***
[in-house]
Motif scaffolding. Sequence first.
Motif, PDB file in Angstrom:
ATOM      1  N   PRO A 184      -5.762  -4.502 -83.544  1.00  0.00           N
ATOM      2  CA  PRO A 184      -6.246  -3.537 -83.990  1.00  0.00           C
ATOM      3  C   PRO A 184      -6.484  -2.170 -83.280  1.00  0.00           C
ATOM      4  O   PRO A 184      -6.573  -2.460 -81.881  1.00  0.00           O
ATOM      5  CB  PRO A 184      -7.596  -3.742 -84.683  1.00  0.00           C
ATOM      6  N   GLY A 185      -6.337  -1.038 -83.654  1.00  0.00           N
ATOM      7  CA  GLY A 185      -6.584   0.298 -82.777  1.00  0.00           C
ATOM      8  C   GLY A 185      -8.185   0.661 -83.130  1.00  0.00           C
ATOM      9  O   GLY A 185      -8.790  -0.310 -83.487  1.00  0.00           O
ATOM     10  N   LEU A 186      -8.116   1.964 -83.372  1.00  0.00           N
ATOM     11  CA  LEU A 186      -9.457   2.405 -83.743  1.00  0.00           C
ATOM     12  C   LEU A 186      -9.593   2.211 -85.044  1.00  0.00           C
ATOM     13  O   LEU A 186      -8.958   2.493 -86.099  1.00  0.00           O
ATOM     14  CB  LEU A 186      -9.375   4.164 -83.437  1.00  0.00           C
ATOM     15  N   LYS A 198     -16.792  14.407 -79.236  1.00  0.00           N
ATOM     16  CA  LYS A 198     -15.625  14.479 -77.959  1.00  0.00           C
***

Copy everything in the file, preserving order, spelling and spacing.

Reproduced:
[in-house]
Motif scaffolding. Sequence first.
Motif, PDB file in Angstrom:
ATOM      1  N   PRO A 184      -5.762  -4.502 -83.544  1.00  0.00           N
ATOM      2  CA  PRO A 184      -6.246  -3.537 -83.990  1.00  0.00           C
ATOM      3  C   PRO A 184      -6.484  -2.170 -83.280  1.00  0.00           C
ATOM      4  O   PRO A 184      -6.573  -2.460 -81.881  1.00  0.00           O
ATOM      5  CB  PRO A 184      -7.596  -3.742 -84.683  1.00  0.00           C
ATOM      6  N   GLY A 185      -6.337  -1.038 -83.654  1.00  0.00           N
ATOM      7  CA  GLY A 185      -6.584   0.298 -82.777  1.00  0.00           C
ATOM      8  C   GLY A 185      -8.185   0.661 -83.130  1.00  0.00           C
ATOM      9  O   GLY A 185      -8.790  -0.310 -83.487  1.00  0.00           O
ATOM     10  N   LEU A 186      -8.116   1.964 -83.372  1.00  0.00           N
ATOM     11  CA  LEU A 186      -9.457   2.405 -83.743  1.00  0.00           C
ATOM     12  C   LEU A 186      -9.593   2.211 -85.044  1.00  0.00           C
ATOM     13  O   LEU A 186      -8.958   2.493 -86.099  1.00  0.00           O
ATOM     14  CB  LEU A 186      -9.375   4.164 -83.437  1.00  0.00           C
ATOM     15  N   LYS A 198     -16.792  14.407 -79.236  1.00  0.00           N
ATOM     16  CA  LYS A 198     -15.625  14.479 -77.959  1.00  0.00           C